In his first book since the national best-seller Silent Witness, Richard
North Patterson uses his mastery of characterization and suspense to give us a story of
startling realism and originality--an extraordinary novel of presidential politics.
In the year 2000, Senator Kerry Kilcannon's insurgent campaign against Vice President Dick Mason has come down to the last seven days--the time remaining until the California presidential primary. Whoever wins in California is likely to win the Democratic nomination, a prize that the Vice President is determined to deny Kerry at any cost. And for all the votes and enthusiasm his passion and personal magnetism have gained him, Kerry's problems are formidable.
He is haunted by the tragedy of his older brother, James, a presidential candidate who was assassinated in California twelve years earlier. Kerry has stumbled in his advocacy of abortion rights, and a right-to-life fanatic has pushed this explosive issue to the forefront by murdering three people at a women's clinic. In addition, a journalist for a national newsmagazine is striving to verify the lethal story that, two years ago, while still married, Kerry had a secret love affair with Lara Costello, a reporter assigned to him on Capitol Hill. And now, even more threatening, Kerry is being stalked by the abortion-clinic murderer himself.
This narrative is seamlessly interwoven with scenes from Kerry's past: his youth as the son of a drunken and abusive father; his self-image as the less-gifted younger brother of a brilliant yet distant senator; his reluctant ascension to his brother's place; his poignant romance with Lara Costello. And when Lara is ordered against her will to cover Kerry in California, he is forced once more to evaluate his life, and the terrible cost of his ambition to become President of the United States.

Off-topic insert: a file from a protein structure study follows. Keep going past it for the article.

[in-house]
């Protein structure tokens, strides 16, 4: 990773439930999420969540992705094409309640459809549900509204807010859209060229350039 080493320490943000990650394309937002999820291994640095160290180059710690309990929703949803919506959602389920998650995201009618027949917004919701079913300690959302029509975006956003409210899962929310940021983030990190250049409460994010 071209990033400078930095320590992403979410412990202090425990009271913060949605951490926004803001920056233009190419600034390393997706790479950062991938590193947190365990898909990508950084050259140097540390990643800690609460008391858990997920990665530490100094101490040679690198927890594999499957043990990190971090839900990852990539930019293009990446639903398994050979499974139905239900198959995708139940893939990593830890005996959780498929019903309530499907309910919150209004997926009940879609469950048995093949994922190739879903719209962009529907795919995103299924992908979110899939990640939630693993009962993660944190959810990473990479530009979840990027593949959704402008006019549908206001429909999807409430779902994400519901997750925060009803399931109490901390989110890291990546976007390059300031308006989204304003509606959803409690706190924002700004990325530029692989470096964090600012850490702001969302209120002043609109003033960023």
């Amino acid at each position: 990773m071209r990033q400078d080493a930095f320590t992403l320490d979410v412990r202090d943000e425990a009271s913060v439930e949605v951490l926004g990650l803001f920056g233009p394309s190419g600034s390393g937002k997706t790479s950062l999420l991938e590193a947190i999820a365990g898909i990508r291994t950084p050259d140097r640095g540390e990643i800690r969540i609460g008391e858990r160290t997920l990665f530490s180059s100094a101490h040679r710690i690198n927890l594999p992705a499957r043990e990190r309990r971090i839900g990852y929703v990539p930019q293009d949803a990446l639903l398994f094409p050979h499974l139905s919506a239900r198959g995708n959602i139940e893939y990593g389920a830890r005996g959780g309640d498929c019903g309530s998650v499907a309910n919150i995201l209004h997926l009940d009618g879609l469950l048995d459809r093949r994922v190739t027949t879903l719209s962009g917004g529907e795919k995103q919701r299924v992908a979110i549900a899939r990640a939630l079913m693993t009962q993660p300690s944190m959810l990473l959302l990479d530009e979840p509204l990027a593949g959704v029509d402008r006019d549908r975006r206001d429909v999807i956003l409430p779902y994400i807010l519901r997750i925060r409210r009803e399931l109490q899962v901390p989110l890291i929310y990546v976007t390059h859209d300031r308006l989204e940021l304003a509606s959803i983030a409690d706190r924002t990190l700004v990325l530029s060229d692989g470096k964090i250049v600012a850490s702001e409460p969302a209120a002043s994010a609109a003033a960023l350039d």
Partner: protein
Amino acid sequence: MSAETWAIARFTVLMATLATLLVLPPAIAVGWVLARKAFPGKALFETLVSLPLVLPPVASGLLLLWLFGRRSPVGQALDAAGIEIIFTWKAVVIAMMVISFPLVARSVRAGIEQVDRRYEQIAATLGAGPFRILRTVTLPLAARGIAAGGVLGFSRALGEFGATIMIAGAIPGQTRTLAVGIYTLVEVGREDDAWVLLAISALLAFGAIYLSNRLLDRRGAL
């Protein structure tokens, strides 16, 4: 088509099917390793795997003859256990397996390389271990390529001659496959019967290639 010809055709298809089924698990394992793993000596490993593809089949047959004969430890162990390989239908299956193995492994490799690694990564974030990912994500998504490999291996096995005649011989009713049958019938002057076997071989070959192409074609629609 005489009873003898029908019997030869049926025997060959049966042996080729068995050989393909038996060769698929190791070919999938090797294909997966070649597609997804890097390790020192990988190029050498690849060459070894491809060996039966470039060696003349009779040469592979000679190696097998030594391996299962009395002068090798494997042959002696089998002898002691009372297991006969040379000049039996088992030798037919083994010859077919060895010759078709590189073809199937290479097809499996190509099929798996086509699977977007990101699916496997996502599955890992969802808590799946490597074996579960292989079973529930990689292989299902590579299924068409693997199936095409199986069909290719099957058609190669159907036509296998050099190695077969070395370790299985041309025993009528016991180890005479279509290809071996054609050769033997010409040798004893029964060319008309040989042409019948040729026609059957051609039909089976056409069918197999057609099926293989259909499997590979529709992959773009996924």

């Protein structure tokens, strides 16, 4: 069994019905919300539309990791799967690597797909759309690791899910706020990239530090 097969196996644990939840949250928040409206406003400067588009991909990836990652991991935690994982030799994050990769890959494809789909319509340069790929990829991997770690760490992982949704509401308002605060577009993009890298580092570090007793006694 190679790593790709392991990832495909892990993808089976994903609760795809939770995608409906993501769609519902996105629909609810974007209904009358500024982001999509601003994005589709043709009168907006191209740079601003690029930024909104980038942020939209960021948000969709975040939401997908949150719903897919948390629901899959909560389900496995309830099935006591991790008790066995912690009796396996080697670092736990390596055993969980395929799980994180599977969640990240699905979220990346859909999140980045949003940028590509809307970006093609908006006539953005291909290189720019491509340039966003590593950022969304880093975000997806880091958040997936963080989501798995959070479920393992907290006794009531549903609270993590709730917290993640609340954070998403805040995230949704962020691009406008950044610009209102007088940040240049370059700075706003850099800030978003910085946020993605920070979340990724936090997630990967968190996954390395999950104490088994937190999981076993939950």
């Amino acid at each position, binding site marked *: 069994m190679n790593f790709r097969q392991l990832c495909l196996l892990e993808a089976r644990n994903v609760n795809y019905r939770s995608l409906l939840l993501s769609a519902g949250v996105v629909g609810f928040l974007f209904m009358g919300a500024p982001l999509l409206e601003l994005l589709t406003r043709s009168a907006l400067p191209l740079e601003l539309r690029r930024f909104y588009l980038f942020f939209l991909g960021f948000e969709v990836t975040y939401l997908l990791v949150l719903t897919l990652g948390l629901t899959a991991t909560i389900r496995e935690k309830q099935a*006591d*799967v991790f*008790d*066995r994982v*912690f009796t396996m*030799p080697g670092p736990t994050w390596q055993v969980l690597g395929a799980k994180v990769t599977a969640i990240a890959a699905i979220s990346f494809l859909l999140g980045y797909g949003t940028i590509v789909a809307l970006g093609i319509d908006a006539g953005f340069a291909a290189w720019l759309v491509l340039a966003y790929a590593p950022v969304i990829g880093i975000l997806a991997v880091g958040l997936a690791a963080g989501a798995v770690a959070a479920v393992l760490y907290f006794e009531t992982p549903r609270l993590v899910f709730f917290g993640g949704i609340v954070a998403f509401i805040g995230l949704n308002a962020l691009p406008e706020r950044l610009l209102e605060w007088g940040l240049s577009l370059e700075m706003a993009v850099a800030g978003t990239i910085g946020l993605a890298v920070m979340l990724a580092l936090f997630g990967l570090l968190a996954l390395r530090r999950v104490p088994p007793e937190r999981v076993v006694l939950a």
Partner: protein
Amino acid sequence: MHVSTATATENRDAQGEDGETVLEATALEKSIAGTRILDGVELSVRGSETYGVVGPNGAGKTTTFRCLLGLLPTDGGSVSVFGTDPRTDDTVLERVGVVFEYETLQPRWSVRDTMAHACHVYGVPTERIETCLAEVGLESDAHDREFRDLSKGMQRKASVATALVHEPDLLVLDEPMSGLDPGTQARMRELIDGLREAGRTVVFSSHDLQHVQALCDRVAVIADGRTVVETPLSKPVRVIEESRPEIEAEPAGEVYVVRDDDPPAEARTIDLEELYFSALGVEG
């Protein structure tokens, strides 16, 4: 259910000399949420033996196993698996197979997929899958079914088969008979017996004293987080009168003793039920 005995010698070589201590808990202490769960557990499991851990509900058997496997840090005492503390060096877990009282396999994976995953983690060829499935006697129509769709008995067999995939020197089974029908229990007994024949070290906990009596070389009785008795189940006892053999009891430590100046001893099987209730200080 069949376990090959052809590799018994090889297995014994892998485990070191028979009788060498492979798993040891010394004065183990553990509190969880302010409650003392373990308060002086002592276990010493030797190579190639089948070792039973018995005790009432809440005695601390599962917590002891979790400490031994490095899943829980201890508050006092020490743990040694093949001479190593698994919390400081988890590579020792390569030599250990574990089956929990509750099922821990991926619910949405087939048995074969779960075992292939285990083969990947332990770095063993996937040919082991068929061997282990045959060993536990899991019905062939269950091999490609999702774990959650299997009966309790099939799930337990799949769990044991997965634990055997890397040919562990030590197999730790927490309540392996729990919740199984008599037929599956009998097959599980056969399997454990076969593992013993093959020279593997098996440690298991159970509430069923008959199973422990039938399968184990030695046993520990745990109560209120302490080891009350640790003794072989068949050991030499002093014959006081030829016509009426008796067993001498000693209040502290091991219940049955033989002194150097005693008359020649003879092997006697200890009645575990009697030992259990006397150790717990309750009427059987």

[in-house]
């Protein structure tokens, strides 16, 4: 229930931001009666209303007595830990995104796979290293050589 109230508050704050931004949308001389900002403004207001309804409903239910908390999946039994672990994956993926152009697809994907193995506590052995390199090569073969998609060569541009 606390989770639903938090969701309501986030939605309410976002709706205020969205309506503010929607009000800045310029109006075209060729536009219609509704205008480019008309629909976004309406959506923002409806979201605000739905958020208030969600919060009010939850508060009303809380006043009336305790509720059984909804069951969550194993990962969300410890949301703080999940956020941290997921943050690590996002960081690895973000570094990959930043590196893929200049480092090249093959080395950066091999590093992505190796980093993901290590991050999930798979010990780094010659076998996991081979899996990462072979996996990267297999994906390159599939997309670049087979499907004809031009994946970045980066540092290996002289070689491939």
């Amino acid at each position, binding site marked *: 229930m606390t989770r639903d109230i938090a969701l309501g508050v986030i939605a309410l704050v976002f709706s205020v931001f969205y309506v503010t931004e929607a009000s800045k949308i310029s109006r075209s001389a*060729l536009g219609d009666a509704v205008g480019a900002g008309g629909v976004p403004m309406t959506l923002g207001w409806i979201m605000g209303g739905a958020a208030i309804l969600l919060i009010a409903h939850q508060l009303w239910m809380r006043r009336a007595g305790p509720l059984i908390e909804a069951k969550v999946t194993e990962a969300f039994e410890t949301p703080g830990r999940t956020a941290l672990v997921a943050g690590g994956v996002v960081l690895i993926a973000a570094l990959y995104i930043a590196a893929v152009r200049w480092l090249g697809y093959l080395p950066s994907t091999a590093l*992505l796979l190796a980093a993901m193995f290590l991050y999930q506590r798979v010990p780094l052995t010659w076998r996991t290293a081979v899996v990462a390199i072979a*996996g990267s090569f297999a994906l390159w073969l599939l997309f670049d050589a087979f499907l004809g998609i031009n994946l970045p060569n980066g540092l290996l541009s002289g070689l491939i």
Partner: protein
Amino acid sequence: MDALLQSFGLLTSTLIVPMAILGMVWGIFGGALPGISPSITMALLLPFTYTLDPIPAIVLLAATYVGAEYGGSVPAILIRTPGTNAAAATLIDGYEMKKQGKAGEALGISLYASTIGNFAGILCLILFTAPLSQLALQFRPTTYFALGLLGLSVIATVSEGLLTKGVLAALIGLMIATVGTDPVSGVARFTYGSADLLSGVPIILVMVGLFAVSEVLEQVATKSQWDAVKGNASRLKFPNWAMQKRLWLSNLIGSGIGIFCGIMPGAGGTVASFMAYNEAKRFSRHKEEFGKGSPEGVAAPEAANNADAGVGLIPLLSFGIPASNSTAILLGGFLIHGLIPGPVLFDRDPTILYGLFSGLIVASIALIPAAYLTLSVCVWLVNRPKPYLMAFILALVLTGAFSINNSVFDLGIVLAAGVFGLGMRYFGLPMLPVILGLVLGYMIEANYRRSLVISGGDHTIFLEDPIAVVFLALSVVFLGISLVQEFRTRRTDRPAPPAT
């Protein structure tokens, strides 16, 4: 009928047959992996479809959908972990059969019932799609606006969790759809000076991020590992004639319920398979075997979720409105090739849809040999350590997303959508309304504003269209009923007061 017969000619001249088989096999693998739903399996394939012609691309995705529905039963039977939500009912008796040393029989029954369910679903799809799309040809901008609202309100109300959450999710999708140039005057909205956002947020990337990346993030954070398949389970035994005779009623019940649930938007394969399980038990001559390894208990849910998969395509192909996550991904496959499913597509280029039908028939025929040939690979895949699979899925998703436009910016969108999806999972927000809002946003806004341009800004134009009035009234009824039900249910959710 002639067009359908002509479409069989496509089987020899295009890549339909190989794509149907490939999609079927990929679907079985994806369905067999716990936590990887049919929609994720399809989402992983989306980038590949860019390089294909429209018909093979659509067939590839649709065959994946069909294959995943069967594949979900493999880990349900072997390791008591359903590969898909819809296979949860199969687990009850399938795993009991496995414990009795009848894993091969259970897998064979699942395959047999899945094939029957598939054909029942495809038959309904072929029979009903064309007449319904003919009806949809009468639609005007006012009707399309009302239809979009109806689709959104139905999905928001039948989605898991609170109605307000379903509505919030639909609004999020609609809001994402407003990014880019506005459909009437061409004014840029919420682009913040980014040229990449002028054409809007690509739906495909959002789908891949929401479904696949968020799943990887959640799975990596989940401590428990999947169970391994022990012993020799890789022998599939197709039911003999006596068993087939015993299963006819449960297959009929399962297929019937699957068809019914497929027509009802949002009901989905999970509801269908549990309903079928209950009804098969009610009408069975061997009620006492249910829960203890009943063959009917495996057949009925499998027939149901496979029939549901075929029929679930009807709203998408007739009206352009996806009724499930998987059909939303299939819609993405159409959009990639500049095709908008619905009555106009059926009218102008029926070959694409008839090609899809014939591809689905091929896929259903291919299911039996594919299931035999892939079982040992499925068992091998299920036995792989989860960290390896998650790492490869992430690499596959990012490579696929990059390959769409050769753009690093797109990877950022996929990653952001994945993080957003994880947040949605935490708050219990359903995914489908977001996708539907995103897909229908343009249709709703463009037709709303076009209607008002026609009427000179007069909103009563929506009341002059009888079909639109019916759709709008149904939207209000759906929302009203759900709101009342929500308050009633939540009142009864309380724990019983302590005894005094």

With rare authenticity, Richard North Patterson depicts the world of high-stakes presidential politics on the verge of an explosion that is as dramatic as it is thought-provoking. But No Safe Place is also a story of people at their best and at their worst: their passions, their ideals, their flaws. A novel that will hold the reader enthralled from the first to the last sentence.
April, the year 2000
At eight in the morning of his last day in Boston, Sean Burke paced out tight circles on the corner of Kenmore Square, waiting for the abortionist, a nine-millimeter semiautomatic handgun hidden in the inside pocket of his army jacket.
Sean knew his enemy from the demonstrations--a slight man with brown wisps of hair and hollow cheekbones, gray soulless eyes that ignored the pickets even when they cried out, "Don't kill me, Mommy and Daddy," in the imagined voice of a fetus. Part of Sean prayed for him to come; that other part, frightened and irresolute, hoped he would not. He encouraged himself by imagining the faces of the children he would save.
He passed forty minutes this way. With each moment, Sean felt more anxious.
And then the man was there, emerging from the subway.
The abortionist's hands were in his coat ...
No Safe Place is my favorite kind of book: one that brings seemingly different characters together and shows that, lo and behold, they are not so different after all. One that illuminates the connections that the characters have, and that, ultimately, we all have... a fascinating story that urges us to remember that unless we are all safe, none of us really can be.
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